3.  I think the third reason I often see resistance to the comment, “Your pet is in pain.” is the fact that we have one word to describe all levels of pain. Living in Abbotsford, B.C. we have at least 4 different words to describe rain so you know if it is a light soft rain our a heavy down pour where you will be soaked just running out to your car. But if you tell me you are in pain without knowing anymore of your story I cannot tell if your pain is the level of a paper-cut or a fractured femur. So the word pain itself does not describe one’s level of hurt, and in fact in human medicine a common question asked is, “On a scale of 1 to 10 how is your pain?”. Now here is where I think in our pet world we run into a roadblock. Most owners think 9 or 10 when I bring up the fact that their pet is in pain and thus the next statement I commonly hear is, “But he is not in pain as he never cries or whimpers.” Just a heads up, whimpering tends to be a poor indication of pain (Cat) (Dog). I have seen many animals with horrific wounds and fractures never whimper; Brutus never whimpered despite his fractured femur, my Griffon never whimpered when he was attacked and lost his left ear and 1/3 of the skin on his neck, and not a peep was heard from Lewis as he sat in his kennel with his jaw at a 90-degree angle. In fact when I reached in to examine the boy he proceeded to purr and rub his head against my arm, no crying or vocal signs of pain, but we know fractures hurt, and so we know these guys hurt. But chronic pain at a level of 2 or 5, which is common with arthritis, is also not okay for long-term health and quality of life. This level of pain tends to be the most frustrating to deal with, as it tends to be the easiest to miss as our pets hide it so well. Why my concern? I have one dog that will forever haunt me. He came in as he was favoring his forelimbs and his radiographs revealed that he had such severe arthritis in his elbows that my elbows hurt. He was put on pain medication but it wasn’t enough. The owner bought him splints to try and support his weight. Sadly the owner didn’t want to pursue alternative treatments such as physiotherapy, laser treatment or acupuncture. He wanted a magic pill and I did not have it and so the dog was euthanized. This dog haunts me because we did not catch his pain when his pain was a level 2 or 3 and thus allowed the pain to go on for years creating what is known as pain wind up and I had limited options available for this boy to help relieve his pain.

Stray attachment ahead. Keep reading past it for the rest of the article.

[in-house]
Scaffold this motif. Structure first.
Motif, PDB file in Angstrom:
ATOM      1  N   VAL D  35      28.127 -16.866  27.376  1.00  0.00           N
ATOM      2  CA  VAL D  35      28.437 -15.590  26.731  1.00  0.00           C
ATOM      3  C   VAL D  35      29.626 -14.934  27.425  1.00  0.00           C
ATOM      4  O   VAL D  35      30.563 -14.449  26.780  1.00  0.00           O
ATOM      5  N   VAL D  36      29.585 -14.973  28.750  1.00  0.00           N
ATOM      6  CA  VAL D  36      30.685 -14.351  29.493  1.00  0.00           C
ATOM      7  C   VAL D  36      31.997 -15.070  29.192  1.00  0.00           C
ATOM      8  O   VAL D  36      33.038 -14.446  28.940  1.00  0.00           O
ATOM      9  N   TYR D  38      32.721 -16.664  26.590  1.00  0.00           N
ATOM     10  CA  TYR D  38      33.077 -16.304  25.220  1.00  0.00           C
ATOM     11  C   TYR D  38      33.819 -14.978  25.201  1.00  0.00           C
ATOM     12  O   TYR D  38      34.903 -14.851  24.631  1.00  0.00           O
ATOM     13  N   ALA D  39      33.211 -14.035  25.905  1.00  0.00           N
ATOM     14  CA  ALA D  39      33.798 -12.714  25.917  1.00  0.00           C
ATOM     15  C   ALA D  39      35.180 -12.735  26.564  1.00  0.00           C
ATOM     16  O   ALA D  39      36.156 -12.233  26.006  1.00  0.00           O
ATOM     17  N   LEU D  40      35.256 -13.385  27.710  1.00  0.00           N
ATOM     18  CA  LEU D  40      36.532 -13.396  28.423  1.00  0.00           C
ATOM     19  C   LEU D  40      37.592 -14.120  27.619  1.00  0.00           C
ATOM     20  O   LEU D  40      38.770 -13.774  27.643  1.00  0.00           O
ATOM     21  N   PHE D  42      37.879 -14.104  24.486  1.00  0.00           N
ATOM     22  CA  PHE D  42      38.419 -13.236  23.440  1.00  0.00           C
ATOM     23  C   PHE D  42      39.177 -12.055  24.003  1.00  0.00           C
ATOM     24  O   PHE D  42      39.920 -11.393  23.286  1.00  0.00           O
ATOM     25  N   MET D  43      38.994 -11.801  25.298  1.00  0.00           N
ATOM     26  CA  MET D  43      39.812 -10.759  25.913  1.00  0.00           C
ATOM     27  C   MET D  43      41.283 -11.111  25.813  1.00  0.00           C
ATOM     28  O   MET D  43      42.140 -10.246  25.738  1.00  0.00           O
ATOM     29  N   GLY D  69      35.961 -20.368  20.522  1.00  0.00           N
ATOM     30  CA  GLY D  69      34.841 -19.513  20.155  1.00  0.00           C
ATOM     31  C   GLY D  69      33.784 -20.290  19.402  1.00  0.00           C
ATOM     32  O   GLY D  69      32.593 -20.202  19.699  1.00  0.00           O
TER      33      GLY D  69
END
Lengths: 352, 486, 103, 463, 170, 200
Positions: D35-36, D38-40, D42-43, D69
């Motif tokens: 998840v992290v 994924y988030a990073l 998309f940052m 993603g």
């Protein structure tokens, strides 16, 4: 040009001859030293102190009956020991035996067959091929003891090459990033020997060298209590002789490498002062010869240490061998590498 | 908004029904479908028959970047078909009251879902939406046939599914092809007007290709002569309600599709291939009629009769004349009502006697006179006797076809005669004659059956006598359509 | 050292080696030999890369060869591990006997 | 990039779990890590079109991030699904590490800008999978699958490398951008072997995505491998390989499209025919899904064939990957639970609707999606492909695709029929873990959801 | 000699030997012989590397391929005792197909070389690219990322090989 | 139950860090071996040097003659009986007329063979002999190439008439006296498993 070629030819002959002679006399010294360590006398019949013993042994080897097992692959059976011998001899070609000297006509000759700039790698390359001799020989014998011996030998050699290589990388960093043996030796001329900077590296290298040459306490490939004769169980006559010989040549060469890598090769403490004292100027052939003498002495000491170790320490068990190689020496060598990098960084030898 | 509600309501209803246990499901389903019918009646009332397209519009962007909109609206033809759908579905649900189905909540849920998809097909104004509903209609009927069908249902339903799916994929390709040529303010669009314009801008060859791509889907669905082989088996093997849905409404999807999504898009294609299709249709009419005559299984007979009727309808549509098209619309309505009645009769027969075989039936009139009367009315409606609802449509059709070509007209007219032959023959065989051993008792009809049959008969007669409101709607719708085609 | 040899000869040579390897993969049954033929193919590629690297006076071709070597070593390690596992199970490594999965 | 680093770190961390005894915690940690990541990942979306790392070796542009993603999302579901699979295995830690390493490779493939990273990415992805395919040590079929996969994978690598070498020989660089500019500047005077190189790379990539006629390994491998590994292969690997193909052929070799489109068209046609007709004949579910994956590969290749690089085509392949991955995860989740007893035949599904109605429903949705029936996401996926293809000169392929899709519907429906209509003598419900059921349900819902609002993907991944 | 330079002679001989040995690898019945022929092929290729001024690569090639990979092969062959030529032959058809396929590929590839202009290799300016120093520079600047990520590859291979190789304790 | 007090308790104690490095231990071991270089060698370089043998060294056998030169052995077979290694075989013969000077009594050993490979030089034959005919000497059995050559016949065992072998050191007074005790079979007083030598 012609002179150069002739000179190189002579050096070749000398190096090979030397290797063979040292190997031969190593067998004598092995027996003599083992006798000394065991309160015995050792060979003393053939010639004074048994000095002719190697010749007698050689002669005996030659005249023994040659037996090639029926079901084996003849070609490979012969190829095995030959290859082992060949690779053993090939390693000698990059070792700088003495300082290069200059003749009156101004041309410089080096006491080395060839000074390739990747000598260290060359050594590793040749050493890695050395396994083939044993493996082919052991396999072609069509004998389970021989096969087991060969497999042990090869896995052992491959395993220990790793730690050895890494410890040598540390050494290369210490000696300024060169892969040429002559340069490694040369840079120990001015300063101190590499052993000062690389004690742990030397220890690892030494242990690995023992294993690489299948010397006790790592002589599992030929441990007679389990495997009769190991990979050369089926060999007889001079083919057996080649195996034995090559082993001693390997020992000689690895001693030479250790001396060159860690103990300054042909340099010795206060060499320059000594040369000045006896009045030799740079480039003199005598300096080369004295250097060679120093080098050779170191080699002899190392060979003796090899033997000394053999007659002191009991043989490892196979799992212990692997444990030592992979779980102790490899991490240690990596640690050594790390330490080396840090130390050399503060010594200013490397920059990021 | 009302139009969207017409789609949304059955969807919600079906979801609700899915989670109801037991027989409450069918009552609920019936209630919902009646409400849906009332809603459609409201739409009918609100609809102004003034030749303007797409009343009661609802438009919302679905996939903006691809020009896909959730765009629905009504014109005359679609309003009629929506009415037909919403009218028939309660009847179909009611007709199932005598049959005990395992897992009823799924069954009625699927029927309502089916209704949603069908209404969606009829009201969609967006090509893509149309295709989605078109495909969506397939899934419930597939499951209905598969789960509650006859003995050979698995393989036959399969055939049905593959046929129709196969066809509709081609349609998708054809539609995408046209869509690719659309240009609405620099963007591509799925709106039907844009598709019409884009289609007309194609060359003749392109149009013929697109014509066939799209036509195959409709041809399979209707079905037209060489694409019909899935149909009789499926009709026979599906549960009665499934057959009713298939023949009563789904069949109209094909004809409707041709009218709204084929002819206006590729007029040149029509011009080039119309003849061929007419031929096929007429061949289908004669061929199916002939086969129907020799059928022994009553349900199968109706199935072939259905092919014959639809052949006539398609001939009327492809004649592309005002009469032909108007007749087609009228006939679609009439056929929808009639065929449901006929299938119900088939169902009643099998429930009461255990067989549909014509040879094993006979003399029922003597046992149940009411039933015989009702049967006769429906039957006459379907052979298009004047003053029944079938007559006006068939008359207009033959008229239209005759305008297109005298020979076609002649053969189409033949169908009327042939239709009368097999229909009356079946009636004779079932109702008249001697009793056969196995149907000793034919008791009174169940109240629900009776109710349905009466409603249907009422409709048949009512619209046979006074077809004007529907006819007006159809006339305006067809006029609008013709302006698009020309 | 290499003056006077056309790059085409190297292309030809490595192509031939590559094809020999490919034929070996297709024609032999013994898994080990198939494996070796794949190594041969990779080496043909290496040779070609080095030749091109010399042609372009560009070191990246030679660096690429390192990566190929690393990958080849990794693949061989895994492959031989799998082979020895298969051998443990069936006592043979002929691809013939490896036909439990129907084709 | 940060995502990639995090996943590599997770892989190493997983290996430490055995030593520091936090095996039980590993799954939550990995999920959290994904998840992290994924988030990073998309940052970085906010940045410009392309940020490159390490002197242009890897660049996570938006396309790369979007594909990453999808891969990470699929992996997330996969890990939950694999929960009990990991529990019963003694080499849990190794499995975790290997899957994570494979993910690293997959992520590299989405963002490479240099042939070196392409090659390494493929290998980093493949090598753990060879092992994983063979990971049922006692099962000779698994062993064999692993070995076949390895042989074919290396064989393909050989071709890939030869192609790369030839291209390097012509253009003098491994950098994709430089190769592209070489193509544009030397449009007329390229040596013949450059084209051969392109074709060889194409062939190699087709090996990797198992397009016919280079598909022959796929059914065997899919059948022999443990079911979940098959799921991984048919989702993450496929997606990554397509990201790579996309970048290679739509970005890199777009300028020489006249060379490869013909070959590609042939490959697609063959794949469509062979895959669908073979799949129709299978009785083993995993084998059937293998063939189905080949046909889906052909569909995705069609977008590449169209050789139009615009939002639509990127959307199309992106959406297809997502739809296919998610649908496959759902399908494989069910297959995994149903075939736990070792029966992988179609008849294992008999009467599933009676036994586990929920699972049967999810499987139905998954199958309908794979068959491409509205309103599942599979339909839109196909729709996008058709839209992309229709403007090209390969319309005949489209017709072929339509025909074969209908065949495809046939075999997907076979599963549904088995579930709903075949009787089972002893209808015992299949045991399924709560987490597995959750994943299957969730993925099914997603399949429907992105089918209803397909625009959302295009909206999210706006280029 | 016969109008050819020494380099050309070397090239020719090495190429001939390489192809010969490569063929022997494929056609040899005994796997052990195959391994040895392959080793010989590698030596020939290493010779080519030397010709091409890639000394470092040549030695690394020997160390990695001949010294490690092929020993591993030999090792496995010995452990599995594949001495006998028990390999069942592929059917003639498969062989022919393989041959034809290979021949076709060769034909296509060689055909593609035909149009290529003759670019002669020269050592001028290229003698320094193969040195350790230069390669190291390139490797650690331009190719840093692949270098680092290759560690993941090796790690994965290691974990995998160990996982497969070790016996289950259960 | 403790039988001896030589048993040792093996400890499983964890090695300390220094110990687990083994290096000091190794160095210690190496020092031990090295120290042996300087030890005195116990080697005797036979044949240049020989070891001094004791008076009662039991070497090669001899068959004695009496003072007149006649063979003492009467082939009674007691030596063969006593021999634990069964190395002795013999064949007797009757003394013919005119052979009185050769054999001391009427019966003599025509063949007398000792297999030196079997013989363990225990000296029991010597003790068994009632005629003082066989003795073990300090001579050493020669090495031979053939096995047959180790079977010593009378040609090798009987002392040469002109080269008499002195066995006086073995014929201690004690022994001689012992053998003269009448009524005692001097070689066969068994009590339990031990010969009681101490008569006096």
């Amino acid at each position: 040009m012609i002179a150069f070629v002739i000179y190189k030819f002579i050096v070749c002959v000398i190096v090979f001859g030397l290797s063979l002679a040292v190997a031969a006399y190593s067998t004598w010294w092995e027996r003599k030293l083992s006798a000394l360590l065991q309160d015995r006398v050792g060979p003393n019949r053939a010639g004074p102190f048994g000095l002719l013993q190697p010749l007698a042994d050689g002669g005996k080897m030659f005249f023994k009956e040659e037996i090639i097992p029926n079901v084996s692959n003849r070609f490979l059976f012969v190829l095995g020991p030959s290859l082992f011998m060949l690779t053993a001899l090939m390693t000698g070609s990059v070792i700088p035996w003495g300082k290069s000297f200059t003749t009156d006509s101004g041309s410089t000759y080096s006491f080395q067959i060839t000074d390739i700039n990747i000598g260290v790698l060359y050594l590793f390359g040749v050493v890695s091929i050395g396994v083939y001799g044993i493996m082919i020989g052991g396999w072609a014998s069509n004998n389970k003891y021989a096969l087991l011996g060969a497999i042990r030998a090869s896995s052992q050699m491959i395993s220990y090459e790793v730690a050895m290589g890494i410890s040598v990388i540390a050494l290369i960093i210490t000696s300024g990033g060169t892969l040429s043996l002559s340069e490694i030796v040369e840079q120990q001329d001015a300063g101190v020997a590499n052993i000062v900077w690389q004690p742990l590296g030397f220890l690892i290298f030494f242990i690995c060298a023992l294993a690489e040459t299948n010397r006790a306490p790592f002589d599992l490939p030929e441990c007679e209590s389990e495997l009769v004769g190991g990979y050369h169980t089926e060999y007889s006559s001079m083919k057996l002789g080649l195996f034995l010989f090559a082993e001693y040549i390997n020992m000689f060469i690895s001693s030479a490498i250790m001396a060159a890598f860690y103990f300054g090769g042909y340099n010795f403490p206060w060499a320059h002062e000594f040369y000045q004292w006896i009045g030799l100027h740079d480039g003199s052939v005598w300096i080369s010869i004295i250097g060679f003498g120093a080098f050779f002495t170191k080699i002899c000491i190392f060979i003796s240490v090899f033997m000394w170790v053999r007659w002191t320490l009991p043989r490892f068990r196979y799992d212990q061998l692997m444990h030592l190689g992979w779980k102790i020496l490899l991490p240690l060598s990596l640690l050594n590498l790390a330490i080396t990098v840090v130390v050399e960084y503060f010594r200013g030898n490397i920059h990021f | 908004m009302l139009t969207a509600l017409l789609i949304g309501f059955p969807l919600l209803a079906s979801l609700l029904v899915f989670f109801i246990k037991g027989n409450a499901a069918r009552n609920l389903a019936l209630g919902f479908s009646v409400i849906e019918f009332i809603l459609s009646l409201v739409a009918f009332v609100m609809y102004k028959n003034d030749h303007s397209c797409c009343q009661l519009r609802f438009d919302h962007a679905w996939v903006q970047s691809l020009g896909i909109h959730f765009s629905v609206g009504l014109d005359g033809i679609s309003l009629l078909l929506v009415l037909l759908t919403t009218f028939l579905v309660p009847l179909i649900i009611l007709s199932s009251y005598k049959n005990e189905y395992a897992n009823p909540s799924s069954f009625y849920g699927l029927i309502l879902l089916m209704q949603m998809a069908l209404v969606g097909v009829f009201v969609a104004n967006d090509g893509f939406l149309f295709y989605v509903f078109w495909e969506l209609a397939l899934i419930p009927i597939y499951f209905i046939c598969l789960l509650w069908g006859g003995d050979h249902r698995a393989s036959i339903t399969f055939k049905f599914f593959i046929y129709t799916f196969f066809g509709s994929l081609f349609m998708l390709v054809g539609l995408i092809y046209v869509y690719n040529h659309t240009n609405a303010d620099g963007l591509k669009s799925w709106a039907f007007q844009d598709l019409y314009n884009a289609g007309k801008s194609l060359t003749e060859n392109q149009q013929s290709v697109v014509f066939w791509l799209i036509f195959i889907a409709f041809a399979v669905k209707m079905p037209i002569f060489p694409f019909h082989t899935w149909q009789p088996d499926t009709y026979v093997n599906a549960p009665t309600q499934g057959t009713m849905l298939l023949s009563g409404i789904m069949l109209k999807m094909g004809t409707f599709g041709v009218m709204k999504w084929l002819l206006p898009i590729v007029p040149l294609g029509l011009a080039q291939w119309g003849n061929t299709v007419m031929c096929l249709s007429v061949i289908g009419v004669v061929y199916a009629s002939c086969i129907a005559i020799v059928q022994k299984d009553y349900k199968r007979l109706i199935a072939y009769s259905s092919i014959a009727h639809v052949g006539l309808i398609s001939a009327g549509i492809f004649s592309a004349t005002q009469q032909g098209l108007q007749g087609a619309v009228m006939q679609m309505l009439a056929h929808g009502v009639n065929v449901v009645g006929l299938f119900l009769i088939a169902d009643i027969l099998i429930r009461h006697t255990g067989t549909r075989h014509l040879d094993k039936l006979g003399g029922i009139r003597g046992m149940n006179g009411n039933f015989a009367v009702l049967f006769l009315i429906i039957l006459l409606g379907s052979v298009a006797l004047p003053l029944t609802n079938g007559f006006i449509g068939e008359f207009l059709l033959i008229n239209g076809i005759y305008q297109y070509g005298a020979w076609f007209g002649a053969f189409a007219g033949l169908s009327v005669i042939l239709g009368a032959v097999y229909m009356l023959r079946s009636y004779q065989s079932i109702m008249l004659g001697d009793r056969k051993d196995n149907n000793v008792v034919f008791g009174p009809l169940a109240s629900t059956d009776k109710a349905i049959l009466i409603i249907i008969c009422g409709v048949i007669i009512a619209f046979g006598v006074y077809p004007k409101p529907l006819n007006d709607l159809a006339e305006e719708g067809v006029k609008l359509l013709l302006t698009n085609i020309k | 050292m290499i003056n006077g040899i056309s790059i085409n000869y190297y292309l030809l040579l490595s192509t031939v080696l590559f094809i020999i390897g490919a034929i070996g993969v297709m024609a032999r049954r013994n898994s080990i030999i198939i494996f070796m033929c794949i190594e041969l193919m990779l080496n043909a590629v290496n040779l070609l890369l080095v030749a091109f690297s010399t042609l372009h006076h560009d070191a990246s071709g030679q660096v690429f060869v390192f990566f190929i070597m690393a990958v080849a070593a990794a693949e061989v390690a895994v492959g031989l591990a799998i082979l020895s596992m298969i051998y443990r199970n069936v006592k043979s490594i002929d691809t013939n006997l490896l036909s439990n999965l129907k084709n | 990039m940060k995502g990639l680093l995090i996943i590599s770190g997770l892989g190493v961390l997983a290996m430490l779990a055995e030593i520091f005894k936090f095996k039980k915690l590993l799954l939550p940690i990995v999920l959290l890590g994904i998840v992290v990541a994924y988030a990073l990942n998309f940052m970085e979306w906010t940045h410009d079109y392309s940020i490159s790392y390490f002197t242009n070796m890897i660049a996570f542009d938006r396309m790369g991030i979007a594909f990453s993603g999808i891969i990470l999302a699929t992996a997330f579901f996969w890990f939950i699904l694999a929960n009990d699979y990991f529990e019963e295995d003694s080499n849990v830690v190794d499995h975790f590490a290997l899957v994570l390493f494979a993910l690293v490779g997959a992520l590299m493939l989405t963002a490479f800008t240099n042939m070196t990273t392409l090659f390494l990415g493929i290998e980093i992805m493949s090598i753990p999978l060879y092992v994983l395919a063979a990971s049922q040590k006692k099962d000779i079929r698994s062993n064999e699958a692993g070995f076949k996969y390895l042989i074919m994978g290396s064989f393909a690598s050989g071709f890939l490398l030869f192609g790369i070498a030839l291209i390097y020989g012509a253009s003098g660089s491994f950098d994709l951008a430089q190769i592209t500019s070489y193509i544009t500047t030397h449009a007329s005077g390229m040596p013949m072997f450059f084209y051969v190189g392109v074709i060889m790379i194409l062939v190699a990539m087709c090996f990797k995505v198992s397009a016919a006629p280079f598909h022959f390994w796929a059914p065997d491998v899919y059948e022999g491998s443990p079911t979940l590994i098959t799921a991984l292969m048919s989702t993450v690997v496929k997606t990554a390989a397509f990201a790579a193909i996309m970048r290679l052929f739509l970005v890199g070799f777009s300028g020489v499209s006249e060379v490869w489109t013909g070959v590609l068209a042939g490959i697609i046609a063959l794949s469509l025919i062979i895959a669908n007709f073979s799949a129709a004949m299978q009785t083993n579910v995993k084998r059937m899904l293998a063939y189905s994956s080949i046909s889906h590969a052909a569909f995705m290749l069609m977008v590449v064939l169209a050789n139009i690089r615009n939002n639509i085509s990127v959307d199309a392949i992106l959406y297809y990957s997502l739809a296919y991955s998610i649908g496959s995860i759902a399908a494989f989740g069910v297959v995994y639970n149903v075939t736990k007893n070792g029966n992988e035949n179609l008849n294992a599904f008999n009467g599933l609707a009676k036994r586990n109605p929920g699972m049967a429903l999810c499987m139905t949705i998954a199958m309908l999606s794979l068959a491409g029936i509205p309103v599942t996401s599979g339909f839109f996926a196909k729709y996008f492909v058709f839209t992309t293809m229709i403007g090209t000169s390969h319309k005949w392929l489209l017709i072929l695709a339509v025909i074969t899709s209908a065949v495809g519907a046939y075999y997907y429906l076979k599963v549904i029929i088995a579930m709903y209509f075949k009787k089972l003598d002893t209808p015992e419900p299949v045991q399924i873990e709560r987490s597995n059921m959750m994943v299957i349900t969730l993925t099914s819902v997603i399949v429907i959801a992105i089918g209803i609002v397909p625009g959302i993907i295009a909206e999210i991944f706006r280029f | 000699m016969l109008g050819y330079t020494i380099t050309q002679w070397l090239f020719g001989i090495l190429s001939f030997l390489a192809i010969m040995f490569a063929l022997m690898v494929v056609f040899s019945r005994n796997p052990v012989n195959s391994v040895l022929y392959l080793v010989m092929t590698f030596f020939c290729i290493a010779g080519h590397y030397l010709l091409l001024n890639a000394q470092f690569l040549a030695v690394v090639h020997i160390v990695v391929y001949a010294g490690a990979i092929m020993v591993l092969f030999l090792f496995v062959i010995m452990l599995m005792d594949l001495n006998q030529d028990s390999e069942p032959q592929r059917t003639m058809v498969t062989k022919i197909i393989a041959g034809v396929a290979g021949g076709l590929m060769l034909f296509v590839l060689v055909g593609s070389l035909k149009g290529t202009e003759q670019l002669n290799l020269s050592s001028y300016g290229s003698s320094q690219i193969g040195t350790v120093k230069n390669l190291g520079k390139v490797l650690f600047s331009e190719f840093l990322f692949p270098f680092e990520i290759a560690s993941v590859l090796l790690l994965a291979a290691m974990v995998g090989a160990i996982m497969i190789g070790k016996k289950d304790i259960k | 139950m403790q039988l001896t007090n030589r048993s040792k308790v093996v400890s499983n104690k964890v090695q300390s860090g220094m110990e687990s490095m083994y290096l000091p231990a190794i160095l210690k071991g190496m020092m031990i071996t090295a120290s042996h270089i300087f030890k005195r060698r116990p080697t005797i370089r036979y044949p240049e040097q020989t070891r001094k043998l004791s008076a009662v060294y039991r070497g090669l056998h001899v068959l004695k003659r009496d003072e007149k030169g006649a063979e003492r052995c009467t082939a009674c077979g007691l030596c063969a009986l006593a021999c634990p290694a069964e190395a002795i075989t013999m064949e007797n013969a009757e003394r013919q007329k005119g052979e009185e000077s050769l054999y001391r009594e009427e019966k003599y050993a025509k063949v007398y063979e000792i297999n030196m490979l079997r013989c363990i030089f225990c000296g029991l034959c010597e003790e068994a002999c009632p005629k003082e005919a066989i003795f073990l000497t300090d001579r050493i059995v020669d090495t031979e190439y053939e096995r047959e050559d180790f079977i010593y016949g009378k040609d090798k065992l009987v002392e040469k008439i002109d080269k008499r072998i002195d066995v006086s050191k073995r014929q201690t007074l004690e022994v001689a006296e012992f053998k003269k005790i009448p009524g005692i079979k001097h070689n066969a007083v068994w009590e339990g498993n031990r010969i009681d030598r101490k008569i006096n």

After many sleepless nights I decided that I had to try and not allow other pets to suffer in silence.  Therefore, pain prevention had become my mission. So, I went back to school and became certified in osteoarthritis, became a member of the International Veterinary Academy of Pain Management and the International Association for Animal Hospice and Palliative Care. Now for the exciting part…. In the new PAW Centre (Positive Animal Wellness Centre) we will be opening Abbotsford’s first Comfort and Compassion Centre whose main focus will be quality of life and pain prevention & control. Here we focus on end of life care and pet hospice as well as the treatment of osteoarthritis. Despite not being in our new building yet we have slowly started implementing our new programs. And I am so excited!! We had a happy lab come see us just before Christmas. She was walking around the house dropping small poop presents. The owners were frustrated, not surprisingly, and wanted to discuss quality of life and the idea of potentially euthanizing her. Our typical pain dialogue occurred and as this happy lab didn’t whimper it took some convincing that she actually was hurting, but in the end we started her on pain medication. Now this is where is can be difficult as we have to guestimate pain levels based on disease and exam. Our first medication had a small improvement, but it was not enough. So, we added to our treatment plan but the owners felt the dog was too groggy on the new medication and it wasn’t helping her quality of life. So, another discussion about pain occurred, and having to find the right fit for each patient and so we opted to stayed on the same medication and just lowered the dose… AND BAM … we found her magic combination to relieve her of her pain and prevent the fecal incontinence. For me all those nights taking the extra courses paid off because whether she lives another 2 months or 2 years I will know we helped her, we made her comfortable and we saved her life as her owners were not willing to live with her dropping stool around the house. We made a difference for both the dog and the people and that is why I am excited and love doing this!

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ntaylor | Life behind the exam room doors